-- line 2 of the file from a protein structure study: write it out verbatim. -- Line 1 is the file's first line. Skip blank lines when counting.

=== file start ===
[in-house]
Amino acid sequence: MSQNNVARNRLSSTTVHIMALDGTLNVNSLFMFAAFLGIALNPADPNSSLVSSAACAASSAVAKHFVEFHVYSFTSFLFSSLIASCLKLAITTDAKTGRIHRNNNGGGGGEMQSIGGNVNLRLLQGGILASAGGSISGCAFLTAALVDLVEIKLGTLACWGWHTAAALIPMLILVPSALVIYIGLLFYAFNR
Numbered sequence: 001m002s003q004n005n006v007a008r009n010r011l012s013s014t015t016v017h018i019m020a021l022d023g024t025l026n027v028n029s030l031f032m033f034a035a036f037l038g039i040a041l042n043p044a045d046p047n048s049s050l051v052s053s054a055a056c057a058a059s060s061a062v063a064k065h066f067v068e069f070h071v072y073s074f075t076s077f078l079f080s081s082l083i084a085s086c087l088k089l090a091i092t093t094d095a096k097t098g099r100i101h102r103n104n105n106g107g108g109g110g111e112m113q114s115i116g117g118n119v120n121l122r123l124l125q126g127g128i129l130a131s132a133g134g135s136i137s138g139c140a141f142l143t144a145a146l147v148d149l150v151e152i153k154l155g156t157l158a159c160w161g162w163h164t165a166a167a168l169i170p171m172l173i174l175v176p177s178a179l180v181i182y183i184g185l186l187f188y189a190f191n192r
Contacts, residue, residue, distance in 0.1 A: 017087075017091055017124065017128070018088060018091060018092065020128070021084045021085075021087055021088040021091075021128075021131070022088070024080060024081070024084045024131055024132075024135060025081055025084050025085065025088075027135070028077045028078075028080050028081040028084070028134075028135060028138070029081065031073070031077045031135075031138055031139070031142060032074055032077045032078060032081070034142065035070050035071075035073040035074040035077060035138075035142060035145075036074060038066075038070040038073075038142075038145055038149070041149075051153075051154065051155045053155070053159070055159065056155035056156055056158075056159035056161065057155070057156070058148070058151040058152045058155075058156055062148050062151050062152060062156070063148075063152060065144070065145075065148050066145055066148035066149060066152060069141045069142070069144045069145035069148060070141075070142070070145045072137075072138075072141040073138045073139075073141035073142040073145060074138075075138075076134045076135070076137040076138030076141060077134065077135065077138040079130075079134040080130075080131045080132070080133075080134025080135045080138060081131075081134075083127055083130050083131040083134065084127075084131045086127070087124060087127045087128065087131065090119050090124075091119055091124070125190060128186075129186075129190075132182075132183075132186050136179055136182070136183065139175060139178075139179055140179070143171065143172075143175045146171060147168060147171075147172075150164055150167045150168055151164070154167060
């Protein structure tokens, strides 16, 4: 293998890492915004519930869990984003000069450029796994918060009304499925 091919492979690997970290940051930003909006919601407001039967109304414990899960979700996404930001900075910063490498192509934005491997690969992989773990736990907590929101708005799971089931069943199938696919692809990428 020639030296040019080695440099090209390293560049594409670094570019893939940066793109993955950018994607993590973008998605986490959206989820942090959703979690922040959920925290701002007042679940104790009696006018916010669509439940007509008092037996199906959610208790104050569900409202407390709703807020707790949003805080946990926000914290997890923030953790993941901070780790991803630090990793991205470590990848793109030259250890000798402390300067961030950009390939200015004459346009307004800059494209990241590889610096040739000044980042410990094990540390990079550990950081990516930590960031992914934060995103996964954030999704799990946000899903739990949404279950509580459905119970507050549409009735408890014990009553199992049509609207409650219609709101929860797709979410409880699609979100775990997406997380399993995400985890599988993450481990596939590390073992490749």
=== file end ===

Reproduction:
Amino acid sequence: MSQNNVARNRLSSTTVHIMALDGTLNVNSLFMFAAFLGIALNPADPNSSLVSSAACAASSAVAKHFVEFHVYSFTSFLFSSLIASCLKLAITTDAKTGRIHRNNNGGGGGEMQSIGGNVNLRLLQGGILASAGGSISGCAFLTAALVDLVEIKLGTLACWGWHTAAALIPMLILVPSALVIYIGLLFYAFNR